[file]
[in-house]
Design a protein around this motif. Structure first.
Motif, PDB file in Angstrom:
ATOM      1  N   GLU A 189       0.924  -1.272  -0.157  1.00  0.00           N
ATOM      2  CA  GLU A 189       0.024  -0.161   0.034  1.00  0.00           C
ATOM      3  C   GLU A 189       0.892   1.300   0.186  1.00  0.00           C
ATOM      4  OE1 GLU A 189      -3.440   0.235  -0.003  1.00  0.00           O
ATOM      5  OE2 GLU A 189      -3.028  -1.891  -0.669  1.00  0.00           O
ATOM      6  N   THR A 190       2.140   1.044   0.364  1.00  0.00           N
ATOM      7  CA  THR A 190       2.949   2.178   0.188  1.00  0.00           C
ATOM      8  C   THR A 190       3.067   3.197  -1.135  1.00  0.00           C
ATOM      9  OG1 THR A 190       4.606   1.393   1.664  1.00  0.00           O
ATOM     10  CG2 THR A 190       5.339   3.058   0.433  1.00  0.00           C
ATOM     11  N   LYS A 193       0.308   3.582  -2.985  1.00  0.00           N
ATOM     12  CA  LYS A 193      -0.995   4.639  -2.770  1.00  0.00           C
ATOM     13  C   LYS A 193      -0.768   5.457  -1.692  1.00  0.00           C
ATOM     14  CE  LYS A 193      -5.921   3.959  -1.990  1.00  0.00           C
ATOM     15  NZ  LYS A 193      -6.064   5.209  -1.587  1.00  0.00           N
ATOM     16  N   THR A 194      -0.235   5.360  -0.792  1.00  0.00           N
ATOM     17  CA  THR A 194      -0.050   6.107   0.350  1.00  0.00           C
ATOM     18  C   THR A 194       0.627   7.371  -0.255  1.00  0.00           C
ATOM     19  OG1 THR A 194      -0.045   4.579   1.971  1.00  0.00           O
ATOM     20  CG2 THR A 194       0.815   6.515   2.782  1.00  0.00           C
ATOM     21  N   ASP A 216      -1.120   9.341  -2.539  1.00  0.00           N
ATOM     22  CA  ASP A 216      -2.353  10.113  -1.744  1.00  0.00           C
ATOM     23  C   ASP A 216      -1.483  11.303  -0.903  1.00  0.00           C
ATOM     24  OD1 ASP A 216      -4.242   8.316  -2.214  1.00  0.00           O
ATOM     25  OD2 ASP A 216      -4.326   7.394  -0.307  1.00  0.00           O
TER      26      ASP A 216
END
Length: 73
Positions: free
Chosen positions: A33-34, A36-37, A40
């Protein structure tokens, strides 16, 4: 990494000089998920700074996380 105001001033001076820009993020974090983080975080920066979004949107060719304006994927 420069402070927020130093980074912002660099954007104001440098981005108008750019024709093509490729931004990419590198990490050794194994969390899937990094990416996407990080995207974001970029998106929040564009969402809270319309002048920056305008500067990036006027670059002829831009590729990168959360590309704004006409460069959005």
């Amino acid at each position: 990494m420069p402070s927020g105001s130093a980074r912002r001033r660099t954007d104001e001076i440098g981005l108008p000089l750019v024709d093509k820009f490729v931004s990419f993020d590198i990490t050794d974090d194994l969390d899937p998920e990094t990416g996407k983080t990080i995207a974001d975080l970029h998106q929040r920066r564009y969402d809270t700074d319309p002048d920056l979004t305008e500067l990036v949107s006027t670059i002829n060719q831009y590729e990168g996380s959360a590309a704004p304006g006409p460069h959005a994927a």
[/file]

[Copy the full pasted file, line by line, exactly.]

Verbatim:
[in-house]
Design a protein around this motif. Structure first.
Motif, PDB file in Angstrom:
ATOM      1  N   GLU A 189       0.924  -1.272  -0.157  1.00  0.00           N
ATOM      2  CA  GLU A 189       0.024  -0.161   0.034  1.00  0.00           C
ATOM      3  C   GLU A 189       0.892   1.300   0.186  1.00  0.00           C
ATOM      4  OE1 GLU A 189      -3.440   0.235  -0.003  1.00  0.00           O
ATOM      5  OE2 GLU A 189      -3.028  -1.891  -0.669  1.00  0.00           O
ATOM      6  N   THR A 190       2.140   1.044   0.364  1.00  0.00           N
ATOM      7  CA  THR A 190       2.949   2.178   0.188  1.00  0.00           C
ATOM      8  C   THR A 190       3.067   3.197  -1.135  1.00  0.00           C
ATOM      9  OG1 THR A 190       4.606   1.393   1.664  1.00  0.00           O
ATOM     10  CG2 THR A 190       5.339   3.058   0.433  1.00  0.00           C
ATOM     11  N   LYS A 193       0.308   3.582  -2.985  1.00  0.00           N
ATOM     12  CA  LYS A 193      -0.995   4.639  -2.770  1.00  0.00           C
ATOM     13  C   LYS A 193      -0.768   5.457  -1.692  1.00  0.00           C
ATOM     14  CE  LYS A 193      -5.921   3.959  -1.990  1.00  0.00           C
ATOM     15  NZ  LYS A 193      -6.064   5.209  -1.587  1.00  0.00           N
ATOM     16  N   THR A 194      -0.235   5.360  -0.792  1.00  0.00           N
ATOM     17  CA  THR A 194      -0.050   6.107   0.350  1.00  0.00           C
ATOM     18  C   THR A 194       0.627   7.371  -0.255  1.00  0.00           C
ATOM     19  OG1 THR A 194      -0.045   4.579   1.971  1.00  0.00           O
ATOM     20  CG2 THR A 194       0.815   6.515   2.782  1.00  0.00           C
ATOM     21  N   ASP A 216      -1.120   9.341  -2.539  1.00  0.00           N
ATOM     22  CA  ASP A 216      -2.353  10.113  -1.744  1.00  0.00           C
ATOM     23  C   ASP A 216      -1.483  11.303  -0.903  1.00  0.00           C
ATOM     24  OD1 ASP A 216      -4.242   8.316  -2.214  1.00  0.00           O
ATOM     25  OD2 ASP A 216      -4.326   7.394  -0.307  1.00  0.00           O
TER      26      ASP A 216
END
Length: 73
Positions: free
Chosen positions: A33-34, A36-37, A40
């Protein structure tokens, strides 16, 4: 990494000089998920700074996380 105001001033001076820009993020974090983080975080920066979004949107060719304006994927 420069402070927020130093980074912002660099954007104001440098981005108008750019024709093509490729931004990419590198990490050794194994969390899937990094990416996407990080995207974001970029998106929040564009969402809270319309002048920056305008500067990036006027670059002829831009590729990168959360590309704004006409460069959005």
């Amino acid at each position: 990494m420069p402070s927020g105001s130093a980074r912002r001033r660099t954007d104001e001076i440098g981005l108008p000089l750019v024709d093509k820009f490729v931004s990419f993020d590198i990490t050794d974090d194994l969390d899937p998920e990094t990416g996407k983080t990080i995207a974001d975080l970029h998106q929040r920066r564009y969402d809270t700074d319309p002048d920056l979004t305008e500067l990036v949107s006027t670059i002829n060719q831009y590729e990168g996380s959360a590309a704004p304006g006409p460069h959005a994927a």